What is an Open to Buy (1)

In the late 1980’s and early 1990’s, when retailers began to take notice of the relatively new discipline of Merchandise Planning, the most common application developed was a Stock and Sales Intake plan. These plans were (and still are) frequently developed on spreadsheets and served to ensure that an appropriate relationship was planned between projected sales and required stock levels. They are normally operated at a summary level (for example “Category”) although the increases in computing power mean that it is technically possible to operate them at a line or even SKU level.

The key output from such systems was a figure called the Open to Buy for each planned figure. In fact, given the extended lead times between order and receipt in fashion merchandise, this might more properly have been called an Open to Receive, as it really shows the amount of merchandise still required for intake in the given period. However, the term Open to Buy is the common usage so we shall continue to use it here.

An Open to Buy control system uses planned sales forecasts and stock turn requirements to determine the optimum level of stock required.

The stock turn requirement is normally expressed in terms of Weeks Forward Sales Cover. Weeks Forward Sales Cover means the number of weeks’ future sales that we need to keep in stock. There is a direct link between Weeks Cover and Annual Stock-turn. For example 26 weeks cover is equal to an Annual Stock-turn of 2 in a 52 week year. As some systems are based on periodic or monthly data you may also see the terms Periods Cover or Months Cover used.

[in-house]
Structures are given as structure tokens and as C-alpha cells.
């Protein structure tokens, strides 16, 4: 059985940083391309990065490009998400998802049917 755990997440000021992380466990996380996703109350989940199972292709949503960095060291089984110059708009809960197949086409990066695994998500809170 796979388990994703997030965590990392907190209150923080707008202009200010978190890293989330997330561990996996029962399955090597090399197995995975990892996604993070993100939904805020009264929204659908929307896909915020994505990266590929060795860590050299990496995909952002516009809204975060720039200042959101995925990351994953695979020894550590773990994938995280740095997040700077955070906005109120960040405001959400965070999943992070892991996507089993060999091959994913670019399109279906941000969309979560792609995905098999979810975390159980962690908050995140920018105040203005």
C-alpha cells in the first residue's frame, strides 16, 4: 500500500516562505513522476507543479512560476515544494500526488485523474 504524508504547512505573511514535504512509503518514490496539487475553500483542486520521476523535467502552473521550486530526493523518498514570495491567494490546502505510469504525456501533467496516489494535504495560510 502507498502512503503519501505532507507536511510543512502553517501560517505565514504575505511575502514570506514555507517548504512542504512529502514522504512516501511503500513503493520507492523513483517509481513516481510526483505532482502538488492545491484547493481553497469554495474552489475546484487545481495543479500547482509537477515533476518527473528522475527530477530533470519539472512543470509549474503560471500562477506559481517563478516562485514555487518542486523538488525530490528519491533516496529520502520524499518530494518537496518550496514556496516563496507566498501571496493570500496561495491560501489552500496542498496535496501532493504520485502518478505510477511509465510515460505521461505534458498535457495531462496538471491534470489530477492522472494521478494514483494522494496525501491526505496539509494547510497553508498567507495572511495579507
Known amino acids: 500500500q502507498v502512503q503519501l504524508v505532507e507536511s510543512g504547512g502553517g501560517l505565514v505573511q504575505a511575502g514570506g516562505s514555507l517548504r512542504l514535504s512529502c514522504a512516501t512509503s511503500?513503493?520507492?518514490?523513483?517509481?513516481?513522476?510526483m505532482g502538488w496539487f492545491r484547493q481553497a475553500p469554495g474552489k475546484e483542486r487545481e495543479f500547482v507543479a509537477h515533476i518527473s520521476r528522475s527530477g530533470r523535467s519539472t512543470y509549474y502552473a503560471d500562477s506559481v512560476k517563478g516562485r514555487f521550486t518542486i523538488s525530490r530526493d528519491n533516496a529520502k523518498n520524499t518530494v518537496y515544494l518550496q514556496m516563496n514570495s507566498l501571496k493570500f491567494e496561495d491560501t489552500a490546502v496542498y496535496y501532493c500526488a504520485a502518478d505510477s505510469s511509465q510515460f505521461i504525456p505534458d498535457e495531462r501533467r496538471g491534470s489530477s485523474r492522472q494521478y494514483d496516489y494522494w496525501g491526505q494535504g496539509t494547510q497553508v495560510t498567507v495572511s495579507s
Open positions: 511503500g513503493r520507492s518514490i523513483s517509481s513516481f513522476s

The use of this method of calculating a stock requirement ensures that volatility in the pattern of forward sales is reflected in the periodic stock holding. This in turn ensures that working capital is targeted most effectively by maximising sales potential at the same time as minimising losses from price reductions.

In a properly integrated system this Open to Buy value will in turn be used to create a purchase order budget total in the central transactional system. This integration will ensure that the results of the planning exercise are translated effectively into tactical action.

Open to Buy systems normally operate using a flow calculation. This is also known as a “ladder plan”.

This is shown in the following simple, unit-based, example where the Closing Stock for the first period is a result of adding the Opening Stock, On Order and Open to Buy, and then subtracting the Forecast Sales. This closing stock then becomes the opening stock for period two and so on.

P1 P2 P3 P4 P5 P6
Opening Stock 200 500 450 350 300 300
Forecast Sales 100 150 200 150 100 100
Period’s Forward Cover 3 3 3 3 3 3
Closing Stock Required 500 450 350 300 300 300
Intake Required 400 100 100 100 100 100
On Order 200 100 0 0 0 0
OTB Remaining 200 0 100 100 100 100
Closing Stock 500 450 350 300 300 300

Each period is therefore dependent on the previous periods’ stock levels in the determination of its own Open to Buy which is calculated as the difference between the intake required (closing stock required minus the opening stock less sales) and the on order figure. In column one in the above example the calculation of the Open to Buy is 500 – (200 -100) – 200 = 200.

In my next article I shall explore in more depth the constituent parts of the Open to Buy system and some of the key issues that must be addressed in setting up an effective OTB control.

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